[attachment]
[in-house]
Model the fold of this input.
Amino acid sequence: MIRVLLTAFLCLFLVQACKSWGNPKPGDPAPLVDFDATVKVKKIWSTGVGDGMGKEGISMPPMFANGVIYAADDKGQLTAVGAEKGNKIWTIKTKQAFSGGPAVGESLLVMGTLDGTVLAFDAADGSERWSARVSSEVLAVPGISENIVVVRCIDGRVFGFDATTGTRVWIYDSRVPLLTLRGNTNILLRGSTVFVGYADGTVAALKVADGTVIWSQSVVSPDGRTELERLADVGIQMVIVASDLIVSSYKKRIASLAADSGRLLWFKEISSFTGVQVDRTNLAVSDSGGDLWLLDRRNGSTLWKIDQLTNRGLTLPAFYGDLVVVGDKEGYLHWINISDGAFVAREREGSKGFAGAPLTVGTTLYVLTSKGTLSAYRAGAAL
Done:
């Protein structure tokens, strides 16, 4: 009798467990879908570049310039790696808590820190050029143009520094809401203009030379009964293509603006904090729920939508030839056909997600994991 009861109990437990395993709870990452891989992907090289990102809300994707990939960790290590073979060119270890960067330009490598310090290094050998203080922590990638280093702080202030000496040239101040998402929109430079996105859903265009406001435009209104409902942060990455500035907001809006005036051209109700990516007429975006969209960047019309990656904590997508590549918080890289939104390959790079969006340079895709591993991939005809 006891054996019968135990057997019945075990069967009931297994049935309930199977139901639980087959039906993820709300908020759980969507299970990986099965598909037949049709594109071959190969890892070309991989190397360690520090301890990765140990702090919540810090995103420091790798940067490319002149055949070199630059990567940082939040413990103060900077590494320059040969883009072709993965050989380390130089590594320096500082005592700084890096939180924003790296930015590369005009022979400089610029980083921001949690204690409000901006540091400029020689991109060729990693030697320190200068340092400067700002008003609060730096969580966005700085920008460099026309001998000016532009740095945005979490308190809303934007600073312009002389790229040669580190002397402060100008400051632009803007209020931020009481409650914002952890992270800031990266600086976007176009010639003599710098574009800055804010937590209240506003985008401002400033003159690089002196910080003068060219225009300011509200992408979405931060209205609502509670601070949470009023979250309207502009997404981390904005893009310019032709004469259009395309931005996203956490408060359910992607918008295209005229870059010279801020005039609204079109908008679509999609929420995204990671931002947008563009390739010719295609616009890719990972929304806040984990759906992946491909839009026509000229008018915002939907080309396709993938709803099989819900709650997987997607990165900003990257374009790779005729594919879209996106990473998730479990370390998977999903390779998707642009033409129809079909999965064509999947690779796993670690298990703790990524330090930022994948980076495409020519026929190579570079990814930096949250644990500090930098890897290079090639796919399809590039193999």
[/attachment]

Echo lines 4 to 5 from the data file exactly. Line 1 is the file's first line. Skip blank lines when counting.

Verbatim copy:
Done:
């Protein structure tokens, strides 16, 4: 009798467990879908570049310039790696808590820190050029143009520094809401203009030379009964293509603006904090729920939508030839056909997600994991 009861109990437990395993709870990452891989992907090289990102809300994707990939960790290590073979060119270890960067330009490598310090290094050998203080922590990638280093702080202030000496040239101040998402929109430079996105859903265009406001435009209104409902942060990455500035907001809006005036051209109700990516007429975006969209960047019309990656904590997508590549918080890289939104390959790079969006340079895709591993991939005809 006891054996019968135990057997019945075990069967009931297994049935309930199977139901639980087959039906993820709300908020759980969507299970990986099965598909037949049709594109071959190969890892070309991989190397360690520090301890990765140990702090919540810090995103420091790798940067490319002149055949070199630059990567940082939040413990103060900077590494320059040969883009072709993965050989380390130089590594320096500082005592700084890096939180924003790296930015590369005009022979400089610029980083921001949690204690409000901006540091400029020689991109060729990693030697320190200068340092400067700002008003609060730096969580966005700085920008460099026309001998000016532009740095945005979490308190809303934007600073312009002389790229040669580190002397402060100008400051632009803007209020931020009481409650914002952890992270800031990266600086976007176009010639003599710098574009800055804010937590209240506003985008401002400033003159690089002196910080003068060219225009300011509200992408979405931060209205609502509670601070949470009023979250309207502009997404981390904005893009310019032709004469259009395309931005996203956490408060359910992607918008295209005229870059010279801020005039609204079109908008679509999609929420995204990671931002947008563009390739010719295609616009890719990972929304806040984990759906992946491909839009026509000229008018915002939907080309396709993938709803099989819900709650997987997607990165900003990257374009790779005729594919879209996106990473998730479990370390998977999903390779998707642009033409129809079909999965064509999947690779796993670690298990703790990524330090930022994948980076495409020519026929190579570079990814930096949250644990500090930098890897290079090639796919399809590039193999």